Here’s a fun Neapolitan twist on your favorite soft amaretti cookie – with swirls of almond, strawberry, and chocolate doughs in one delightful bite.


  • 3 1/3 cups (300g) almond flour or very finely ground almonds, sifted
  • 1 1/3 cup (270g) granulated sugar
  • 10g freeze-dried strawberries
  • 1 tablespoon (7g) dutch-processed cocoa powder
  • pinch salt
  • 3 large egg whites (about 90g)
  • 1/2 teaspoon lemon juice
  • 3/4 teaspoon almond extract
  • 1-2 drops of pink food coloring (optional)
  • confectioners’ sugar, as needed


  1. Preheat oven to 300 degrees F. Stack two matching, heavyweight, light to medium colored cookie sheets one inside the other (stacking two cookie sheets together keeps the bottoms of the cookies from getting too brown). Line with parchment paper or a silicone baking mat.
  2. Set out three medium mixing bowls. Mark or label the bowls so you know which one will hold each color dough (plain, strawberry, and chocolate).
  3. Measure out 100g of almond flour (a heaping cup) into each bowl.
  4. Remove 2 tablespoons (about 10g) worth from the “strawberry” bowl and put it in the “plain” bowl. So you’ll have 110g in the plain bowl, 100g in the chocolate bowl, and 90g in the strawberry bowl.
  5. Measure out 90g (a scant half cup) of sugar into each bowl; add a pinch of salt to each bowl as well.
  6. Finely grind freeze dried strawberries in a food processor or spice grinder until finely ground powder. If you want you can put a little of the sugar from the strawberry bowl into the grinder to weight down the fruit and grind it more evenly. Pour powder into strawberry bowl and whisk until evenly incorporated.
  7. Add cocoa powder to the chocolate bowl and whisk until evenly incorporated.
  8. Whisk the contents of the plain bowl until the sugar and almond flour are also evenly incorporated.
  9. In a mixing bowl or the bowl of a stand mixer fitted with the whisk attachment, whisk egg whites and lemon juice until they hold soft peaks. Add almond extract and mix for just a second or two to incorporate.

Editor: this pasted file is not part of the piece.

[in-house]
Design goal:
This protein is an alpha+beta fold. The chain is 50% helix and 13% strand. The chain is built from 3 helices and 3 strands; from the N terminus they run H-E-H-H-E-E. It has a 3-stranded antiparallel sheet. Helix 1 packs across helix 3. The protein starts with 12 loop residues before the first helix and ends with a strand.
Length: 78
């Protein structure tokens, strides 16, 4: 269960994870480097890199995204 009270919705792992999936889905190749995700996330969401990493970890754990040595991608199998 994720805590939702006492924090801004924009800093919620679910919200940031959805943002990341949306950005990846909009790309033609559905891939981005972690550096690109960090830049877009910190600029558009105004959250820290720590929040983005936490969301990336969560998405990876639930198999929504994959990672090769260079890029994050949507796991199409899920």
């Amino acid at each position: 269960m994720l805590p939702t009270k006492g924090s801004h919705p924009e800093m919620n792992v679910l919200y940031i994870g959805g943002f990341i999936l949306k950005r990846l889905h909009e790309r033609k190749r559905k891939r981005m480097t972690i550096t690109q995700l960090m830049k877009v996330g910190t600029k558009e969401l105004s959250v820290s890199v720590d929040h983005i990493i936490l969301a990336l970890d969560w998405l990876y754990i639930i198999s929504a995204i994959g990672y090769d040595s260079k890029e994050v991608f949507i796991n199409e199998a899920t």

10. Here’s where your scale will really come in handy! Place one bowl of dry ingredients on the scale and tare it to 0. Spoon in 30 grams of beaten egg whites and stir until mixture forms a soft, sticky dough, kneading with your hands if necessary. No need to be gentle here, we’re not making macarons. ;)
  11. Repeat with the chocolate bowl, taring the scale to 0 and adding 30 grams of egg whites, then stirring until it comes together.
  12. Do the same for the strawberry bowl, adding 30 grams of egg whites and, if desired, a drop or two of pink food coloring to enhance the color. Stir until color is evenly distributed throughout the dough.
  13. Lightly dust your hands with powdered sugar. Use a small cookie scoop to portion out three 1-inch balls, one of each flavor dough. Roll the three balls together into a log shape, rolling so that the three colors are evenly stretched along the length of the log. Twist the ends in opposite directions once or twice to further marble the dough. Dip a small knife in powdered sugar and cut log into 3 even pieces, then roll each piece into a smooth ball. Arrange on prepared baking sheet, leaving 1 inch of space between cookies. Repeat with remaining dough (you’ll likely have enough dough for two full cookie sheets, so shape half of it, then shape the remaining half while the first pan is baking).